REVIEW: Unexpected

24 07 2015

UnexpectedIn Kris Swanberg’s “Unexpected,” pregnancy functions as something more than just a nine month-long sentence that brings agony and joy in unequal measure.  Here, it serves as a springboard into the future that simultaneously forces a reckoning with the present.

As the film’s title might imply, Cobie Smulder’s protagonist Samantha Abbott finds herself in the family way at a very inopportune moment.  The school where she currently teaches must close its doors due to budget cuts, and she still feels a strong enough urge to impact the lives of students that she cannot simply hang up the cleats to become a stay-at-home mom.

Swanberg’s script, co-written with Megan Mercier, gives her little to do other than endure pregnancy with one of her students, the promisingly bright Jasmine (Gail Bean).  Whether they are working through Jasmine’s college application, preparing with a session of prenatal yoga, or just plain gorging on a milkshake, “Unexpected” always delights even when largely void of dramatic tension.

The film does deliver (excuse the pun) on a subtle interrogation of the “great white savior”/”nice white lady” trope that often makes its way to the forefront in films involving two characters from different backgrounds.  Swanberg and Mercier put Samantha and Jasmine in the same situation, which itself levels the playing field between them somewhat.  But in spite of her best intentions, Samantha discovers that even – and perhaps especially – when it comes to maternity clothes, one size does not fit all.  Vast socioeconomic divides still exist between them, and “Unexpected” probes these macro-level prejudices and disparities brilliantly through the use of micro-aggressions.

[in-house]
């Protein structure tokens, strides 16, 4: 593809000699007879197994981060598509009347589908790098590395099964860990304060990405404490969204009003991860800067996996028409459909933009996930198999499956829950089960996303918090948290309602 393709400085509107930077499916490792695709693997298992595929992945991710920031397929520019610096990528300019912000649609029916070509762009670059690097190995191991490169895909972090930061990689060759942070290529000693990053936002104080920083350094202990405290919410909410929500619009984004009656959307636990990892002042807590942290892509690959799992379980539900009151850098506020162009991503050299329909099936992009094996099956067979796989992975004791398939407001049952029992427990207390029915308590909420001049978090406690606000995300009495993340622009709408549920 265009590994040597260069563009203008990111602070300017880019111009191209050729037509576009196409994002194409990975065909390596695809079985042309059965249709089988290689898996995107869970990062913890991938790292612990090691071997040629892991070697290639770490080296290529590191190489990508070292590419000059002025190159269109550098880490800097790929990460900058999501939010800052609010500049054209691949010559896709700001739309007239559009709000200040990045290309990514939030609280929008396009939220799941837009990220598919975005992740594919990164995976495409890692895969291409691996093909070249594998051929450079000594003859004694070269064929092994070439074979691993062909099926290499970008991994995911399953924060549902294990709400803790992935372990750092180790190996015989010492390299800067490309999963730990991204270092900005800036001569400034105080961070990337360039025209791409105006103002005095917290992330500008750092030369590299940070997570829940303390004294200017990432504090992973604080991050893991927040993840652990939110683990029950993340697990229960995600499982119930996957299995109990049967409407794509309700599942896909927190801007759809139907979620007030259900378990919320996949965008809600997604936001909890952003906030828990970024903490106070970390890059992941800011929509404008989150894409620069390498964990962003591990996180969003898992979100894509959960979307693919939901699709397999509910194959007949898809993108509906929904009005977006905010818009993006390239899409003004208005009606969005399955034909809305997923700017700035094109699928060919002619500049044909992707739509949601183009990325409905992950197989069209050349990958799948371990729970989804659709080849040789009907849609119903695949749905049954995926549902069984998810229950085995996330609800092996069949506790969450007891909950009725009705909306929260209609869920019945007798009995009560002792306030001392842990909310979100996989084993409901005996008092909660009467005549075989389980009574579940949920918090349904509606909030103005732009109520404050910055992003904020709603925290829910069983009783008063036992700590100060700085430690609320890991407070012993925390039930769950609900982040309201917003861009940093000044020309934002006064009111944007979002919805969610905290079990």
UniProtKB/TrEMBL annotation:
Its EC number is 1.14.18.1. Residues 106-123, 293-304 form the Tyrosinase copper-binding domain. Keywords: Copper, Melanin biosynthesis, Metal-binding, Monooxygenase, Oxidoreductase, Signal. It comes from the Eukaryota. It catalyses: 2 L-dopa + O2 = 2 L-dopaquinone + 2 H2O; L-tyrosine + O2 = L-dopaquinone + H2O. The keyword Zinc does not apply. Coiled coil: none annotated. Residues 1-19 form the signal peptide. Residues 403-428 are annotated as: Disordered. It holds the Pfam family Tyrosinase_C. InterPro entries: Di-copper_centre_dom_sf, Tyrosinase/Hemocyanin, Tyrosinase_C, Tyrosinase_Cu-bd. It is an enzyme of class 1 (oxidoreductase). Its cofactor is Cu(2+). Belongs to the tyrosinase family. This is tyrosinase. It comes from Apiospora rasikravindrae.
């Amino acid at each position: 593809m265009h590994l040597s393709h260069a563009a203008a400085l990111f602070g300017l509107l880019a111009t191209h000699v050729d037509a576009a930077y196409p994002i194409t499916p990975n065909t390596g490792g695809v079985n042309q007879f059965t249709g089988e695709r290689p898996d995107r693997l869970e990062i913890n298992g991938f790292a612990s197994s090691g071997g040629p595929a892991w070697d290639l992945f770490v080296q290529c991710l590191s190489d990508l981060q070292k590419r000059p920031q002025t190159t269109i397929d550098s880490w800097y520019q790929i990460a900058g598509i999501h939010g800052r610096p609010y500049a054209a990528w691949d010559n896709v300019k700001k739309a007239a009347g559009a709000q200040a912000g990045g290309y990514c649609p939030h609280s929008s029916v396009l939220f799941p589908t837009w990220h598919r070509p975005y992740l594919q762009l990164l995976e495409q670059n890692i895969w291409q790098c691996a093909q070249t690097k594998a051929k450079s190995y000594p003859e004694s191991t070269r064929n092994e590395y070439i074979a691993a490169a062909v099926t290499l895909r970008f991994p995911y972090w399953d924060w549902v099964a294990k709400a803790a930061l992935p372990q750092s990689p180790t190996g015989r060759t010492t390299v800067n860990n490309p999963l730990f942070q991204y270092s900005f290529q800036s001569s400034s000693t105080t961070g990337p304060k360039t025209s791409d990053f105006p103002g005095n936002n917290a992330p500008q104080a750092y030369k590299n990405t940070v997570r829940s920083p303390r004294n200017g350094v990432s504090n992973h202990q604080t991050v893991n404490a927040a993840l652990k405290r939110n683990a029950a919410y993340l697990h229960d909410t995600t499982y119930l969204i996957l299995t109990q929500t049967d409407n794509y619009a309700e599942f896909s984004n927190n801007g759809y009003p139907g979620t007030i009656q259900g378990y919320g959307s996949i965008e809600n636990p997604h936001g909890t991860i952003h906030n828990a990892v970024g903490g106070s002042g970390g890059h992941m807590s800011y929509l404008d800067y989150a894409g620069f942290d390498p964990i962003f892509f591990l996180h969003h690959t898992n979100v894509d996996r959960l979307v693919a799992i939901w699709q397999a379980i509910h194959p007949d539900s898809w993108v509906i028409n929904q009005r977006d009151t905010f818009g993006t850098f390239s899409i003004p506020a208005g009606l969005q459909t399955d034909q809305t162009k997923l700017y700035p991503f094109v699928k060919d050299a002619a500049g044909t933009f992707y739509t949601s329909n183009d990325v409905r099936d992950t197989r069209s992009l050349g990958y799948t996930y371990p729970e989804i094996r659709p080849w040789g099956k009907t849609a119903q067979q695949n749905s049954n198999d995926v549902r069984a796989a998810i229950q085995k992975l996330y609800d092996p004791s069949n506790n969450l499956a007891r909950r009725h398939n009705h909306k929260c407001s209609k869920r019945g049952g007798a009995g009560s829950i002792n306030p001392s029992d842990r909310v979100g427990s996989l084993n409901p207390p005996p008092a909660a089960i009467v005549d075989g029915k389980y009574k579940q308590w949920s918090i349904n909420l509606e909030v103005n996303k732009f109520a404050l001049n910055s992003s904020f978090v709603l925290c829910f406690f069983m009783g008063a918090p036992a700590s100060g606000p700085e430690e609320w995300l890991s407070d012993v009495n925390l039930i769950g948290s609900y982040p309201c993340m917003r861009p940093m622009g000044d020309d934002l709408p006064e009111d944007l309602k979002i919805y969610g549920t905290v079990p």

This commentary makes for a nice addition to the film, but what really makes the price of admission worth it is Cobie Smulders.  For heaven’s sake, can she just tear up her contract with Marvel and keep doing small, heartfelt indies like this (and “Results,” for that matter)?  Smulders possesses an uncanny ability to convey a devastating sense of fragility in her characters, a particularly remarkable feat considering that she also erects an iron-clad facade of normalcy for them to hide behind.

She turns in touching work in “Unexpected,” so natural-feeling that it cannot help but evoke a suspicion that Smulders has yet to reach the apex of her dramatic talents.  What a sight that will be.  B+3stars

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